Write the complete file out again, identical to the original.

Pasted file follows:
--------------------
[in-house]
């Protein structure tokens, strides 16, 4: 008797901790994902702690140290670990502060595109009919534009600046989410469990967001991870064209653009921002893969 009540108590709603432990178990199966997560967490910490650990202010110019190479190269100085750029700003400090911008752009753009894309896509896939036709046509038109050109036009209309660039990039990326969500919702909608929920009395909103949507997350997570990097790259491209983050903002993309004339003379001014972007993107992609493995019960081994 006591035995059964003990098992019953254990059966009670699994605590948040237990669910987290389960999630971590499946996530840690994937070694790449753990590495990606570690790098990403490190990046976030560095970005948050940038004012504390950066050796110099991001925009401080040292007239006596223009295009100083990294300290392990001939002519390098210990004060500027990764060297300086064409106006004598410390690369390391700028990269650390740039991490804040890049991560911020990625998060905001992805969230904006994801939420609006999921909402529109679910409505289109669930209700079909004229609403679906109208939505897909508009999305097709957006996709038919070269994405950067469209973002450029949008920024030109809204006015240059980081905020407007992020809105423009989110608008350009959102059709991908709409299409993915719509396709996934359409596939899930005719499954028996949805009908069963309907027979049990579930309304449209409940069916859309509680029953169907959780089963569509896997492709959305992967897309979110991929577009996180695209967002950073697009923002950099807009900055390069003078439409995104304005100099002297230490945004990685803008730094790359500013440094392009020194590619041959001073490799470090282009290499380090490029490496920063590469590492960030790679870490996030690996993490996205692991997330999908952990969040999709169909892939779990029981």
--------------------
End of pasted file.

[in-house]
């Protein structure tokens, strides 16, 4: 008797901790994902702690140290670990502060595109009919534009600046989410469990967001991870064209653009921002893969 009540108590709603432990178990199966997560967490910490650990202010110019190479190269100085750029700003400090911008752009753009894309896509896939036709046509038109050109036009209309660039990039990326969500919702909608929920009395909103949507997350997570990097790259491209983050903002993309004339003379001014972007993107992609493995019960081994 006591035995059964003990098992019953254990059966009670699994605590948040237990669910987290389960999630971590499946996530840690994937070694790449753990590495990606570690790098990403490190990046976030560095970005948050940038004012504390950066050796110099991001925009401080040292007239006596223009295009100083990294300290392990001939002519390098210990004060500027990764060297300086064409106006004598410390690369390391700028990269650390740039991490804040890049991560911020990625998060905001992805969230904006994801939420609006999921909402529109679910409505289109669930209700079909004229609403679906109208939505897909508009999305097709957006996709038919070269994405950067469209973002450029949008920024030109809204006015240059980081905020407007992020809105423009989110608008350009959102059709991908709409299409993915719509396709996934359409596939899930005719499954028996949805009908069963309907027979049990579930309304449209409940069916859309509680029953169907959780089963569509896997492709959305992967897309979110991929577009996180695209967002950073697009923002950099807009900055390069003078439409995104304005100099002297230490945004990685803008730094790359500013440094392009020194590619041959001073490799470090282009290499380090490029490496920063590469590492960030790679870490996030690996993490996205692991997330999908952990969040999709169909892939779990029981």